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sydney alternative media - non-profit community independent trustworthy
Thursday, 6 December 2007
NSW Law Society President warns about errorism erosion of civil norm of client confidentiality
Mood:  not sure
Topic: legal


Sent: Thursday, December 06, 2007 3:18 PM
Subject: From the President - December 2007 .....

Client Legal Privilege

As issues of national security continue to dominate the political arena, preserving the rule of law is becoming increasingly challenging as executive government seeks to increase access to various sources of information. Of particular concern is the current discussion with regard to expanding the range of powers given to investigative bodies allowing them to probe into all aspects of lawyer-client relations.

The Law Society maintains that full and frank exchange between lawyers and their clients is fundamental to ensuring the appropriate carriage of justice. Legal privilege is the client’s privilege and citizens’ rights must be protected against expedient, fear-based, legislative incursions.

It is important that laws are reviewed in a manner that does not lead to an erosion of confidentiality and privilege. The Law Society will co-operate with relevant bodies to maintain an ethical and independent legal profession and provide strong protection for the exchange of confidential information between lawyers and their clients.

The Society’s submissions on the Australian Law Reform Commission’s Discussion paper on Client Legal Privilege and Federal Investigative bodies are available on the Law Society’s website at www.lawsociety.com.au/15434. Similarly the Law Council of Australia submission can be accessed at the Law Council’s website. The Society’s recently formed Ethics sub committee on The Rule of Law will also be looking at issues of confidentiality as part of its brief. You’ll find more about this sub committee in the December issue of the Law Society Journal.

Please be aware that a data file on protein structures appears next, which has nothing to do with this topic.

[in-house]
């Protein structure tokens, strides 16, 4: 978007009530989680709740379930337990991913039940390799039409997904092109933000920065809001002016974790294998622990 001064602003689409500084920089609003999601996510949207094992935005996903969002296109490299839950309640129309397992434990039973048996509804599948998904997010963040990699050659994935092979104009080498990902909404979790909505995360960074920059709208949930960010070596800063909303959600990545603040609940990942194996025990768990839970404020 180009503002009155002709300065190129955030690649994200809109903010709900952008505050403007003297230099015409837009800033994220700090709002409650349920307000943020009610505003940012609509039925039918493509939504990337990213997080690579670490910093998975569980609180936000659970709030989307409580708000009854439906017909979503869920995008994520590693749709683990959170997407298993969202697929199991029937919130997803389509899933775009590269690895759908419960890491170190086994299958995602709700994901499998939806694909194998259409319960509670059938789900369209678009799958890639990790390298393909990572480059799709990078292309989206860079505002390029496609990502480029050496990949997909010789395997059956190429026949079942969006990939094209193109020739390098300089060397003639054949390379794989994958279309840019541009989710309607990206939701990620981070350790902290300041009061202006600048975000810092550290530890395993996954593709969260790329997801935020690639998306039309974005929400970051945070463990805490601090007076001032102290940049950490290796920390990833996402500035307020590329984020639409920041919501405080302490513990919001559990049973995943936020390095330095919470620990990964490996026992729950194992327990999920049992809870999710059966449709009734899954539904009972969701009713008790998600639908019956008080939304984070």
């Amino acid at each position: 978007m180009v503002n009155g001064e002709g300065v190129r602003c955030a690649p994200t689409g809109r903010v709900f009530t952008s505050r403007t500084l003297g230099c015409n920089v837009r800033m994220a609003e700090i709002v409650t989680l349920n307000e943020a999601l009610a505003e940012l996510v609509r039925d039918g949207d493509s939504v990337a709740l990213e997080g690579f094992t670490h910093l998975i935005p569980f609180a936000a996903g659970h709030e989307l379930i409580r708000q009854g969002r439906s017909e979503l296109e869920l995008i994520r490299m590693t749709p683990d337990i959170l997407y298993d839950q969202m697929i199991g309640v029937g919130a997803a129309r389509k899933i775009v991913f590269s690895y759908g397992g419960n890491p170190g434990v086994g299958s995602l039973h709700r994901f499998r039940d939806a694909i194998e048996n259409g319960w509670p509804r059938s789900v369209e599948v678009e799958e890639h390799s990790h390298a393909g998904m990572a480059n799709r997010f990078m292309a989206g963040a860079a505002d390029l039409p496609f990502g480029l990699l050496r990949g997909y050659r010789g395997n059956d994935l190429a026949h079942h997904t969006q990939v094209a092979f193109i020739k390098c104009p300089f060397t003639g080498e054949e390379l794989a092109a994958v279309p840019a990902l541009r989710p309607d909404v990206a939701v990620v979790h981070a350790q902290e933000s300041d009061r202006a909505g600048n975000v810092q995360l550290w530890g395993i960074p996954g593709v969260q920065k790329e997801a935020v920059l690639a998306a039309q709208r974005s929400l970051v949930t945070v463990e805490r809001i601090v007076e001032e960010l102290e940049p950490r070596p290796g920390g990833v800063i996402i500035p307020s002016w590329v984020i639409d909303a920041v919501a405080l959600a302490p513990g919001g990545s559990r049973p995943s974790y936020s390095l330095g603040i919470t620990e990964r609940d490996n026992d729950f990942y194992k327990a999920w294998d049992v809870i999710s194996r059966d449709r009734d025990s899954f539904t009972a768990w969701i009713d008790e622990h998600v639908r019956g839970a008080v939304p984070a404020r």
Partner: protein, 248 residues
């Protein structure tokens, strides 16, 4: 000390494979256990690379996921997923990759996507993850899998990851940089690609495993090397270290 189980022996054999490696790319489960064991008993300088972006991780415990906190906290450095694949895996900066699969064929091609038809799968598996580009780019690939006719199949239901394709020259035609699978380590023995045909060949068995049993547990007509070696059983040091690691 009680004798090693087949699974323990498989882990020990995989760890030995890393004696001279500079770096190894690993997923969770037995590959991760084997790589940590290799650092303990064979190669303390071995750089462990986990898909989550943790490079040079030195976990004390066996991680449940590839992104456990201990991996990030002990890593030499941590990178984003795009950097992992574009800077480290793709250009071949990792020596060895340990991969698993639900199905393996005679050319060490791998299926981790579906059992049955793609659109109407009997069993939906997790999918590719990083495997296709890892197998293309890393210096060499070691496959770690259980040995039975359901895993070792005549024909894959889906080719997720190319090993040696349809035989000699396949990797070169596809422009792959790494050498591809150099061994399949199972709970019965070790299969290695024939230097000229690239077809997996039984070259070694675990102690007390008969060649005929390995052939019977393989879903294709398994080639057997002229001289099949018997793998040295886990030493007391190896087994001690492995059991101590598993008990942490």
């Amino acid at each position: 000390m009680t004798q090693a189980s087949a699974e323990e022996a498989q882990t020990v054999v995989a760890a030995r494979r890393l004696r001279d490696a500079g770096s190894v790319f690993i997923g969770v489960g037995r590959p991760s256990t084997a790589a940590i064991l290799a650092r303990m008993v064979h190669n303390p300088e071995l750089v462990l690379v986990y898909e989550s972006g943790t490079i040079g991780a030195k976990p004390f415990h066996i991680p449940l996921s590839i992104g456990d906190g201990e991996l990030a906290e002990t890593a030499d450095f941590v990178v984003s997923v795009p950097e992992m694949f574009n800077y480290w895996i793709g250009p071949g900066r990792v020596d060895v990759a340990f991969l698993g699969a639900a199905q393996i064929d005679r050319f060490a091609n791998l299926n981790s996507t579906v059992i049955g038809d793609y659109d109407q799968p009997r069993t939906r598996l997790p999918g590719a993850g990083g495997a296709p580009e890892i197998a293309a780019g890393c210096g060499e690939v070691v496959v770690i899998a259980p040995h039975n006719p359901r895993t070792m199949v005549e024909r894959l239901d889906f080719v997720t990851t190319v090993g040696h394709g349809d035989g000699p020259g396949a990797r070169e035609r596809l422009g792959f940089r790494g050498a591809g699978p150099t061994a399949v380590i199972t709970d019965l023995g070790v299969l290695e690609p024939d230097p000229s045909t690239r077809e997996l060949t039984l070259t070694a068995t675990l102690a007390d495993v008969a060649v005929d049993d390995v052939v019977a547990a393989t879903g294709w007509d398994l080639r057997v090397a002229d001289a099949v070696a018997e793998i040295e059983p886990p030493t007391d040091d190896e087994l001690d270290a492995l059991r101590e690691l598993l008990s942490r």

Hugh Macken
Senior Vice President


Also of interest is this initiative of the Law Society to enforce ongoing ethics training for solicitors at least once every three years: 


The Council of the Law Society of NSW proposes to amend Rule 42 of the Revised Professional Conduct and Practice Rules by the insertion of a new 42.1A requiring a practitioner to complete, as part of the Mandatory Continuing Legal Education (MCLE) requirement, one (1) unit of ethics education every three (3) years. The Council also proposes to make various other amendments to the Rule including .... The current rule is set out at: www.lawsociety.com.au/page.asp?partID=722

The Law Society invites comments and submissions on the proposed rule. These should be forwarded to the Secretary, Law Society, 170 Phillip Street, Sydney, NSW, 2000 or emailed to ethics@lawsocnsw.asn.au by 30 November 2007

.[proposed new ethics training rule] 

42.1A If the holder of a practising certificate is required to undertake a course of continuing legal education, that continuing legal education must include a component relating to legal ethics that deals predominantly with the role and responsibilities of legal practitioners where:

42.1A.1 the component is to be undertaken at least once in every compliance period, or such shorter period as may be determined by the appropriate Council, and is to comprise at least one unit in the units of continuing legal education that the holder of the practising certificate is required to undertake.

42.1A.2 "compliance period" means:

(a) in relation to a person who was the holder of a local practising certificate at 1 April 2008:

(i) the period starting on 1 April 2008 and ending on 31 March 2011, and

(ii) each further period of 3 years ending on the third anniversary of the expiration of the previous period, or

(b) in relation to a person who became or becomes the holder of a local practising certificate after 1 April 2008:

(i) the period starting on the next 1 April after the person became or becomes the holder of a local practising certificate and ending on 31 March in the year that is 3 years after the start of this period, and

(ii) each further period of 3 years ending on the third anniversary of the expiration of the previous period.

Posted by editor at 4:58 PM EADT
Updated: Friday, 7 December 2007 8:32 AM EADT

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